Author Topic: Darby O'Gill and the Little People (1959)  (Read 3184 times)

Offline Antares

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Darby O'Gill and the Little People (1959)
« on: February 12, 2010, 12:10:40 AM »
Darby O'Gill and the Little People





Year: 1959
Film Studio: Buena Vista Film Distribution Company, Walt Disney Productions
Genre: Family, Comedy, Classic, Fantasy
Length: 91 Min.

Director
Robert Stevenson (1905)

Writing
Lawrence Edward Watkin (1901)...Written By
H. T. Kavanagh (1876)..."Darby O'gill" Stories

Cinematographer
Winton C. Hoch (1905)

Music
Oliver Wallace (1887)...Composer

Stars
Albert Sharpe (1885) as Darby O'Gill
Janet Munro (1934) as Katie O'Gill
Sean Connery (1930) as Michael McBride
Jimmy O'Dea (1899) as King Brian
Kieron Moore (1924) as Pony Sugrue
Estelle Winwood (1882) as Sheelah Sugrue
Walter Fitzgerald (1896) as Lord Fitzpatrick
Denis O'Dea (1905) as Father Murphy

Review
       When you mention the name Walt Disney in regards to full length feature films the first thought that comes to mind are the successful animated features that were released between the 1940’s and the 1960’s. 101 Dalmatians, Snow White and the Seven Dwarves and Bambi are just a few of the animated film projects released by Disney to both critical and box office success, and upon which most of the fond remembrances of childhood are based. As equally important were the live action features that were being filmed at around the same time. The Absent Minded Professor, The Shaggy Dog and Song of the South were also profitable at the box office, yet seemed to have faded into the background as the years have passed. Another film which has slid somewhat into obscurity is Darby O'Gill and the Little People. Released in 1959 and featuring an overabundant amount of ground-breaking special effects, the film would be one of the most triumphant successes for Walt Disney up to that point.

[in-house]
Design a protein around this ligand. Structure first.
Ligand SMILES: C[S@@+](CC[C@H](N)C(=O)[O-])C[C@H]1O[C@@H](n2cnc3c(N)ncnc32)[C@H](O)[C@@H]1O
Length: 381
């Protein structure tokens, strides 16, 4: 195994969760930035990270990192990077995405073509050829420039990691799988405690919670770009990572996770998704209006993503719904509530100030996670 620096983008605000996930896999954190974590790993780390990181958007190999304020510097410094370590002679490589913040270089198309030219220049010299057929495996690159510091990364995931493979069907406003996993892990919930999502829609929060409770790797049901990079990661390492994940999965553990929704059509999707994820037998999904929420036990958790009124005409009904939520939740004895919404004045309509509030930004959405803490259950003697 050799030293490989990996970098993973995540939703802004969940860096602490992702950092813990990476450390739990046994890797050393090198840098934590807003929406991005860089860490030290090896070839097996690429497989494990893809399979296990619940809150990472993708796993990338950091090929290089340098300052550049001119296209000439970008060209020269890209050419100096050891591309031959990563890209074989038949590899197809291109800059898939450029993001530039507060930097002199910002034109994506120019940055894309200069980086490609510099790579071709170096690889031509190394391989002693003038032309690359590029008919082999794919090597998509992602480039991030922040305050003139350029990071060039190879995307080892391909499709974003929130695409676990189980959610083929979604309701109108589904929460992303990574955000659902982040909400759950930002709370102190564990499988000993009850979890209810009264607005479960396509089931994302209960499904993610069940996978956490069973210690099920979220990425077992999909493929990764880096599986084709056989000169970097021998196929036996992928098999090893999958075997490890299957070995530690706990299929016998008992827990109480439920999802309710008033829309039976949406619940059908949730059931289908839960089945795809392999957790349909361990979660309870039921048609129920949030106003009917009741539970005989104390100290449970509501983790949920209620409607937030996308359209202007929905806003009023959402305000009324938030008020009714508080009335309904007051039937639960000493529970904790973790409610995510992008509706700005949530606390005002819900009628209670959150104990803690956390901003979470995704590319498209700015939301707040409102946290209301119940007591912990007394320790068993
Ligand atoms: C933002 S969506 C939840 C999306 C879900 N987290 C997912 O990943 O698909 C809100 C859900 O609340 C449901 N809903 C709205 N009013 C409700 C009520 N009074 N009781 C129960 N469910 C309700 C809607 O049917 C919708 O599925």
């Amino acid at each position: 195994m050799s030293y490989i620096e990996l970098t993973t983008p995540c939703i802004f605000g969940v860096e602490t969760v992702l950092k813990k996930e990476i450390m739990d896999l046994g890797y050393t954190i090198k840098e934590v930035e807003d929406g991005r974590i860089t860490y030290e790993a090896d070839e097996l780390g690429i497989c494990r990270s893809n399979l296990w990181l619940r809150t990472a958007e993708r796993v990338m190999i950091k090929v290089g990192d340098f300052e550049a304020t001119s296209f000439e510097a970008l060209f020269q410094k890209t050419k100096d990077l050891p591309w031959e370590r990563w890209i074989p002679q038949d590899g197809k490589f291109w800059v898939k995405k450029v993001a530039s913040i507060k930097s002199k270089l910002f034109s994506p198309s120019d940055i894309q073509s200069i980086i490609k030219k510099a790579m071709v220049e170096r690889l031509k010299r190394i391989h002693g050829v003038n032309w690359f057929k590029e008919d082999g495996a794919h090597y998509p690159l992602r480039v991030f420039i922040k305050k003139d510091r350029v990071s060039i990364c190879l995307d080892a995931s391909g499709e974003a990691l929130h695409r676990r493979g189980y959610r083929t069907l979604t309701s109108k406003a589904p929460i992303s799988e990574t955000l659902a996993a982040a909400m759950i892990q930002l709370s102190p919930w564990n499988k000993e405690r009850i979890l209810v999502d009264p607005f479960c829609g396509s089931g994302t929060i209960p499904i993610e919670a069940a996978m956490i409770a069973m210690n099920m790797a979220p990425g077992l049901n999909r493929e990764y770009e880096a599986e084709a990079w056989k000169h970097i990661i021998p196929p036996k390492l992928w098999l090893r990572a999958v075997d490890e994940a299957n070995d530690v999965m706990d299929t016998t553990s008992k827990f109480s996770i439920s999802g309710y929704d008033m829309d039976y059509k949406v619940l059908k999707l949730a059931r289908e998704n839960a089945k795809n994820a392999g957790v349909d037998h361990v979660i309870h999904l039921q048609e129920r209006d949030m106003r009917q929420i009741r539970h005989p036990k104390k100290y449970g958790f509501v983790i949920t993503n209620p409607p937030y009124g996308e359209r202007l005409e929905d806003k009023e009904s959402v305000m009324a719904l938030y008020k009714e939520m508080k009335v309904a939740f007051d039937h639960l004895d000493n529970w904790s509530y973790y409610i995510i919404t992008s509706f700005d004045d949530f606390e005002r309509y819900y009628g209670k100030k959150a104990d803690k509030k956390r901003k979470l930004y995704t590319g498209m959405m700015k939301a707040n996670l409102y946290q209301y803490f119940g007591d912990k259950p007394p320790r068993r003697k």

Darby O’Gill (Albert Sharpe) is an elderly Irish caretaker at the summer estate of an Irish nobleman. One day the lord returns to his estate with a young man in his company. Darby will come to know that the young man, whose name is Michael McBride (Sean Connery, three years before the shaken, not stirred martini), will be his replacement and that the lord has meant for him to retire. It seems that Darby is quicker with a tale about his adventures with the King of the leprechauns than he is in swinging a scythe and the estate has fallen into disrepair. Darby understands his master’s wishes and asks that he be allowed to break the news to his daughter Katie (Janet Munro), who was born in the home that they must now vacate. The lord will return in two weeks and Darby must settle his affairs and comply with the decision made by his employer.

       That night, instead of informing his daughter of the change that will be taking place, he decides to capture the King of the leprechauns so that he can acquire three wishes. He plans to use the three wishes to help him keep his position and to provide for Katie’s future. He captures King Brian (Jimmy O’Dea) in his barn after getting the diminutive monarch drunk and holding him there until sunrise and is given the requisite three wishes. King Brian will prove to be a wily adversary for Darby as he coaxes him into squandering his first two wishes through trickery. In the end, Darby will use his final wish to help Katie recover from a fatal accident by offering to take her place in the death coach that comes for her soul. Now that really doesn’t sound like the kind of feel good ending for a Walt Disney family film and you’re right. King Brian will once again use a little crafty chicanery to help Darby, Katie and Michael all live happily ever after, but you’ll have to watch the film to find out how he does it.